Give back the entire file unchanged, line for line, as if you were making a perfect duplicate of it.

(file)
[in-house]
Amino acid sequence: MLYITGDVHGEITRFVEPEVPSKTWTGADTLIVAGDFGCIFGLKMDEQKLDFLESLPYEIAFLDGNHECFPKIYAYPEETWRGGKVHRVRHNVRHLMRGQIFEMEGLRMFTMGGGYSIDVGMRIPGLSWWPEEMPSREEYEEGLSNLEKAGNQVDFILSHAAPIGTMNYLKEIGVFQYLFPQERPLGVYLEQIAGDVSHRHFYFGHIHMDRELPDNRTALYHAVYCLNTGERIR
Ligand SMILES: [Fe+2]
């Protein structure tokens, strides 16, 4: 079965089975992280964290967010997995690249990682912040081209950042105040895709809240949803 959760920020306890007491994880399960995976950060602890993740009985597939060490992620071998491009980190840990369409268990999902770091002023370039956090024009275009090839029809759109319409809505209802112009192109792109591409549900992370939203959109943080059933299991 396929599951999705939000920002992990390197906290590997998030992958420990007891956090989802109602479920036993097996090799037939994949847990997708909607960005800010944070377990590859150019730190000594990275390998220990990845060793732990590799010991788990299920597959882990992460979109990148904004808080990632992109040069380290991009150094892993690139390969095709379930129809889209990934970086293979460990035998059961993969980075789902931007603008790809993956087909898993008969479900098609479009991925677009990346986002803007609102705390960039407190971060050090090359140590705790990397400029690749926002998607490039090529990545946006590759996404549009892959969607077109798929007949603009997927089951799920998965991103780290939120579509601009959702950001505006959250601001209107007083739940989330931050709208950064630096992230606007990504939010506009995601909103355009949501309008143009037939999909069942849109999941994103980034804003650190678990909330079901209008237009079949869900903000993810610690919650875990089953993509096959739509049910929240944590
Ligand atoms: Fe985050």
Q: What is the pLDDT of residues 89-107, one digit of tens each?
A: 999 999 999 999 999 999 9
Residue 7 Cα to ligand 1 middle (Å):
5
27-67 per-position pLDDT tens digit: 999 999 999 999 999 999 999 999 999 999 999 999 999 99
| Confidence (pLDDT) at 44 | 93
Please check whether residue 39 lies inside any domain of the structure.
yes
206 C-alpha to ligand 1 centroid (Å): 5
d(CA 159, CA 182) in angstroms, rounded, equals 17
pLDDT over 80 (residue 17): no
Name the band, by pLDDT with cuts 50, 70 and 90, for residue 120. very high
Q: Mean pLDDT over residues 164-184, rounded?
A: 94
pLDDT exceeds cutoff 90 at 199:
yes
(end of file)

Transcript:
[in-house]
Amino acid sequence: MLYITGDVHGEITRFVEPEVPSKTWTGADTLIVAGDFGCIFGLKMDEQKLDFLESLPYEIAFLDGNHECFPKIYAYPEETWRGGKVHRVRHNVRHLMRGQIFEMEGLRMFTMGGGYSIDVGMRIPGLSWWPEEMPSREEYEEGLSNLEKAGNQVDFILSHAAPIGTMNYLKEIGVFQYLFPQERPLGVYLEQIAGDVSHRHFYFGHIHMDRELPDNRTALYHAVYCLNTGERIR
Ligand SMILES: [Fe+2]
């Protein structure tokens, strides 16, 4: 079965089975992280964290967010997995690249990682912040081209950042105040895709809240949803 959760920020306890007491994880399960995976950060602890993740009985597939060490992620071998491009980190840990369409268990999902770091002023370039956090024009275009090839029809759109319409809505209802112009192109792109591409549900992370939203959109943080059933299991 396929599951999705939000920002992990390197906290590997998030992958420990007891956090989802109602479920036993097996090799037939994949847990997708909607960005800010944070377990590859150019730190000594990275390998220990990845060793732990590799010991788990299920597959882990992460979109990148904004808080990632992109040069380290991009150094892993690139390969095709379930129809889209990934970086293979460990035998059961993969980075789902931007603008790809993956087909898993008969479900098609479009991925677009990346986002803007609102705390960039407190971060050090090359140590705790990397400029690749926002998607490039090529990545946006590759996404549009892959969607077109798929007949603009997927089951799920998965991103780290939120579509601009959702950001505006959250601001209107007083739940989330931050709208950064630096992230606007990504939010506009995601909103355009949501309008143009037939999909069942849109999941994103980034804003650190678990909330079901209008237009079949869900903000993810610690919650875990089953993509096959739509049910929240944590
Ligand atoms: Fe985050």
Q: What is the pLDDT of residues 89-107, one digit of tens each?
A: 999 999 999 999 999 999 9
Residue 7 Cα to ligand 1 middle (Å):
5
27-67 per-position pLDDT tens digit: 999 999 999 999 999 999 999 999 999 999 999 999 999 99
| Confidence (pLDDT) at 44 | 93
Please check whether residue 39 lies inside any domain of the structure.
yes
206 C-alpha to ligand 1 centroid (Å): 5
d(CA 159, CA 182) in angstroms, rounded, equals 17
pLDDT over 80 (residue 17): no
Name the band, by pLDDT with cuts 50, 70 and 90, for residue 120. very high
Q: Mean pLDDT over residues 164-184, rounded?
A: 94
pLDDT exceeds cutoff 90 at 199:
yes